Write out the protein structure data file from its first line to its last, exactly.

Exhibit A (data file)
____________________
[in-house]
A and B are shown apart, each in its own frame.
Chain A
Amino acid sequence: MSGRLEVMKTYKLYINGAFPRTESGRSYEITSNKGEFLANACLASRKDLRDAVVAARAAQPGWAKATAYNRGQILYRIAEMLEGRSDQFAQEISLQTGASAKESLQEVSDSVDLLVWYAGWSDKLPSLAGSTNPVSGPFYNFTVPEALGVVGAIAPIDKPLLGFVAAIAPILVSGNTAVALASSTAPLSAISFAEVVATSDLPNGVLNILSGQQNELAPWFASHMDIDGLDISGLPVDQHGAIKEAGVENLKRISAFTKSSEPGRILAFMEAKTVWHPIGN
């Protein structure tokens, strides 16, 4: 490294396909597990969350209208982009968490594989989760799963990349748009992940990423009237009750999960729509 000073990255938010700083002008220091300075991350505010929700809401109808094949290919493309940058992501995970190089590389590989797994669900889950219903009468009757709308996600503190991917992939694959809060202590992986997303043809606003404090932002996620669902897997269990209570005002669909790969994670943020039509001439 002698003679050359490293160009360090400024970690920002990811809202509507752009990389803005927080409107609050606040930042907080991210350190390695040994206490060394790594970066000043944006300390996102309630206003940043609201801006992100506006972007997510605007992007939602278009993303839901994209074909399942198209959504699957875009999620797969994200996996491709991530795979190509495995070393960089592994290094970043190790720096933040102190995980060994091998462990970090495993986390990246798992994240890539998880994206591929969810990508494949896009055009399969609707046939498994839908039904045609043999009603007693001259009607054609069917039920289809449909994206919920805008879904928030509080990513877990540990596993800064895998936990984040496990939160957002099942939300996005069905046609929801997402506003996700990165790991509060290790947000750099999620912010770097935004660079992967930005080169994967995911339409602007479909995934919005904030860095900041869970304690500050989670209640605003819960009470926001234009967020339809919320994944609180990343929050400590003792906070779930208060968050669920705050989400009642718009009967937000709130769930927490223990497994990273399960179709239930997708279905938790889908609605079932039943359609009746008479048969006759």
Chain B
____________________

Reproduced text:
[in-house]
A and B are shown apart, each in its own frame.
Chain A
Amino acid sequence: MSGRLEVMKTYKLYINGAFPRTESGRSYEITSNKGEFLANACLASRKDLRDAVVAARAAQPGWAKATAYNRGQILYRIAEMLEGRSDQFAQEISLQTGASAKESLQEVSDSVDLLVWYAGWSDKLPSLAGSTNPVSGPFYNFTVPEALGVVGAIAPIDKPLLGFVAAIAPILVSGNTAVALASSTAPLSAISFAEVVATSDLPNGVLNILSGQQNELAPWFASHMDIDGLDISGLPVDQHGAIKEAGVENLKRISAFTKSSEPGRILAFMEAKTVWHPIGN
């Protein structure tokens, strides 16, 4: 490294396909597990969350209208982009968490594989989760799963990349748009992940990423009237009750999960729509 000073990255938010700083002008220091300075991350505010929700809401109808094949290919493309940058992501995970190089590389590989797994669900889950219903009468009757709308996600503190991917992939694959809060202590992986997303043809606003404090932002996620669902897997269990209570005002669909790969994670943020039509001439 002698003679050359490293160009360090400024970690920002990811809202509507752009990389803005927080409107609050606040930042907080991210350190390695040994206490060394790594970066000043944006300390996102309630206003940043609201801006992100506006972007997510605007992007939602278009993303839901994209074909399942198209959504699957875009999620797969994200996996491709991530795979190509495995070393960089592994290094970043190790720096933040102190995980060994091998462990970090495993986390990246798992994240890539998880994206591929969810990508494949896009055009399969609707046939498994839908039904045609043999009603007693001259009607054609069917039920289809449909994206919920805008879904928030509080990513877990540990596993800064895998936990984040496990939160957002099942939300996005069905046609929801997402506003996700990165790991509060290790947000750099999620912010770097935004660079992967930005080169994967995911339409602007479909995934919005904030860095900041869970304690500050989670209640605003819960009470926001234009967020339809919320994944609180990343929050400590003792906070779930208060968050669920705050989400009642718009009967937000709130769930927490223990497994990273399960179709239930997708279905938790889908609605079932039943359609009746008479048969006759």
Chain B